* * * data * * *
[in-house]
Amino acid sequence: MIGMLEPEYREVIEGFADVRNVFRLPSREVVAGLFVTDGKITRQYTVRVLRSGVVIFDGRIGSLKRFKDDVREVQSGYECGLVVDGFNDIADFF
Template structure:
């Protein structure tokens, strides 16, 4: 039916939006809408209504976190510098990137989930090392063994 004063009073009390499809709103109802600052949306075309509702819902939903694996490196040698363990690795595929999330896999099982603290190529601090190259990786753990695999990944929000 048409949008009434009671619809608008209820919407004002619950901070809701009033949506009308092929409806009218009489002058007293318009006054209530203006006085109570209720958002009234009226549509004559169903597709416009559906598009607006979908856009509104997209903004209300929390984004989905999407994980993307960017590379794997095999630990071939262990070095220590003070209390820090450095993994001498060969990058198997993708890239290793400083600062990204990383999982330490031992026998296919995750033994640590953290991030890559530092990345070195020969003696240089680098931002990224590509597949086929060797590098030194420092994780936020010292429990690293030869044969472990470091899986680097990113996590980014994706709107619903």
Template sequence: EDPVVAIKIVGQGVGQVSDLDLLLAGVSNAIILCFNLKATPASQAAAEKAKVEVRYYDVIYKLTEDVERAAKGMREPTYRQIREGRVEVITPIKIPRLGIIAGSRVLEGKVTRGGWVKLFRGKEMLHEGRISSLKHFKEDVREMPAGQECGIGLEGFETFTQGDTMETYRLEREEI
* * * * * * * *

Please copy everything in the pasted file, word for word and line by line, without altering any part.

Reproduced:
[in-house]
Amino acid sequence: MIGMLEPEYREVIEGFADVRNVFRLPSREVVAGLFVTDGKITRQYTVRVLRSGVVIFDGRIGSLKRFKDDVREVQSGYECGLVVDGFNDIADFF
Template structure:
């Protein structure tokens, strides 16, 4: 039916939006809408209504976190510098990137989930090392063994 004063009073009390499809709103109802600052949306075309509702819902939903694996490196040698363990690795595929999330896999099982603290190529601090190259990786753990695999990944929000 048409949008009434009671619809608008209820919407004002619950901070809701009033949506009308092929409806009218009489002058007293318009006054209530203006006085109570209720958002009234009226549509004559169903597709416009559906598009607006979908856009509104997209903004209300929390984004989905999407994980993307960017590379794997095999630990071939262990070095220590003070209390820090450095993994001498060969990058198997993708890239290793400083600062990204990383999982330490031992026998296919995750033994640590953290991030890559530092990345070195020969003696240089680098931002990224590509597949086929060797590098030194420092994780936020010292429990690293030869044969472990470091899986680097990113996590980014994706709107619903």
Template sequence: EDPVVAIKIVGQGVGQVSDLDLLLAGVSNAIILCFNLKATPASQAAAEKAKVEVRYYDVIYKLTEDVERAAKGMREPTYRQIREGRVEVITPIKIPRLGIIAGSRVLEGKVTRGGWVKLFRGKEMLHEGRISSLKHFKEDVREMPAGQECGIGLEGFETFTQGDTMETYRLEREEI